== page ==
Over the holidays, Activision, as it often does, snuck out a few sleeper titles to fill in the gaps between its larger releases like Call of Duty: World at War, Guitar Hero: World Tour and Spider-Man: Web of Shadows, and one of those games was NPPL Championship Paintball 2009.
Officially licensed by the National Professional Paintball League, NPPL Championship Paintball 2009 is as authentic and feature-packed a paintball game as you’re going to find, complete with plenty of game modes, teams and fields to play and even a simple map editor. Chief among the game’s modes is its extensive career mode. It spans more than 30 tournaments set on real NPPL and Millennium Series venues around the world, and over the course of the career you are able to manage your team by improving their stats with earned skill points, selecting which players you want to take into each tournament, and purchasing new gear with the credits you’ve won. You get to customize everything: markers, hoppers, barrels, air tanks, harnesses, and your team jersey attire, all of which is officially licensed from top paintball equipment companies like Spyder, JT Sports and Tippman.
In the career mode you only get to play in Speedball matches, however in exhibition and multiplayer matches you also have the option to play Woodsball. Match types include Elimination, Capture the Flag and Center Flag – my personal favorite being classic Elimination play – and you can play in matches of up to 14 players max (7 per squad) by yourself with AI teammates and opponents or online with other live players. Playing online proves to be the best way to play, obviously, however as is often the case with niche game releases like this the online community isn’t exactly booming so it can be tough to find matches sometimes. But when you can the game plays smoothly and the competition is intense.
On the downside, the game’s control scheme is overly complex. Unlike most cover-based shooters where your character’s position on the cover automatically determines the angle in which your character leans out when you aim, NPPL puts all the control in your hands. As you’re playing you have to constantly toggle your lean direction to left, right or up and switch which hand to hold your marker in to adapt to the flow of the match. Once you get used to the controls they work well, it just takes some time and practice (thankfully the game does provide helpful training drills). In a way this is a great thing for serious paintball fans because it puts emphasis on skill, but this ultimate boon comes at the cost of accessibility.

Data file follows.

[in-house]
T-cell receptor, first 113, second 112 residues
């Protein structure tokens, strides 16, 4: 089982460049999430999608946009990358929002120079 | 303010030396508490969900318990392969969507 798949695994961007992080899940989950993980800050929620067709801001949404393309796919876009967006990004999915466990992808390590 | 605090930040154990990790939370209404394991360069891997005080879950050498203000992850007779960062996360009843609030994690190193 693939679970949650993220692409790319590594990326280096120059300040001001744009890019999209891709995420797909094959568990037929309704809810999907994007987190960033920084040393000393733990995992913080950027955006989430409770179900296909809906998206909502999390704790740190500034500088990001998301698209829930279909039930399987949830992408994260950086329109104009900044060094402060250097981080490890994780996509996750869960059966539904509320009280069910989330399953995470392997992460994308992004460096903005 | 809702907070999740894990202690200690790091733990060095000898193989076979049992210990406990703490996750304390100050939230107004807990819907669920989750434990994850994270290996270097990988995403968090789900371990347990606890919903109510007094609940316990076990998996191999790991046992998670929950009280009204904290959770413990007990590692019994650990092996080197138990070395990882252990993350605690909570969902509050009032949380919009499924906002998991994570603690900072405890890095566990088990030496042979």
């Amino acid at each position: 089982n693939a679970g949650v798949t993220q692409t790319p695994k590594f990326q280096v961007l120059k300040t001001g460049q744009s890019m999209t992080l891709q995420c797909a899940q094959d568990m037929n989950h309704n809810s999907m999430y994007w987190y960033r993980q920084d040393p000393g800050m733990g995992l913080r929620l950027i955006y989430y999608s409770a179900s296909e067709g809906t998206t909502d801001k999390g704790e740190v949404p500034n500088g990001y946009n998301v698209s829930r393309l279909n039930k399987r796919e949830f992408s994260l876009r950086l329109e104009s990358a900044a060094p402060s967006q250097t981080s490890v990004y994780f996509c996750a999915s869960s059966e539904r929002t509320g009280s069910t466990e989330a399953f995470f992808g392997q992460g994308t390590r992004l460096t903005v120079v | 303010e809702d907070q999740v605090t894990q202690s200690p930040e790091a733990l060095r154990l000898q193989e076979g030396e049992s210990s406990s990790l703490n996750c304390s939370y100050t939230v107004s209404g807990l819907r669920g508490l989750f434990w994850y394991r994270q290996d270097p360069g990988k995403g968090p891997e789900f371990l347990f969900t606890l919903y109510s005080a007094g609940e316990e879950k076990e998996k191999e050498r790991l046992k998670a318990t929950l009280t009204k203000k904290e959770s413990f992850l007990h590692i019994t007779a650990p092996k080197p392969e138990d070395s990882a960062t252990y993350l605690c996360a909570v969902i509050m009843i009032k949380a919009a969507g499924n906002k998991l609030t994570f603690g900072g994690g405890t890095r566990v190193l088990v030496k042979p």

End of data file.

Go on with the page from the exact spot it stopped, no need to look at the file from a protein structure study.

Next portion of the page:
NPPL does, however, make significant technical advances over all previous paintball games. The paintball ballistics are more accurate than I’ve ever seen, the effects of inflated bunkers indenting from incoming shots and paintballs splattering on all forms of cover show a fine attention to detail, and the overall atmosphere is incredibly immersive with the sounds of markers constantly firing off all around you and paintballs sailing by and impacting cover ringing through the air. The goggle outline effect around the screen is also key at pulling you into the experience. This game certainly generates an authentic paintball atmosphere.
Paintball is a niche sport and likewise video games based on paintball are niche by default. NPPL Championship Paintball 2009 is much the same, but I must say, despite the learning curve it is a game that has a wider appeal than other paintball games I’ve played. I’m certainly no paintball expert, but I had a blast playing this once I got over the control hurdles.
NPPL Championship Paintball 2009 is a definite buy for seasoned paintballers and a game I’d also recommend to non-fans who enjoy a challenge and are hankering for some heated virtual competition.
+ Authentic paintball atmosphere
+ Complex controls place emphasis on skill
+ Fun online play, when you can find others to play with
+ Lengthy career mode
– Complex controls require a steep learning curve
– Shallow online community
Platform: Reviewed on Xbox 360, also available for PS2, PS3 and Wii
Release Date: 11/25/08
ESRB Rating: E10+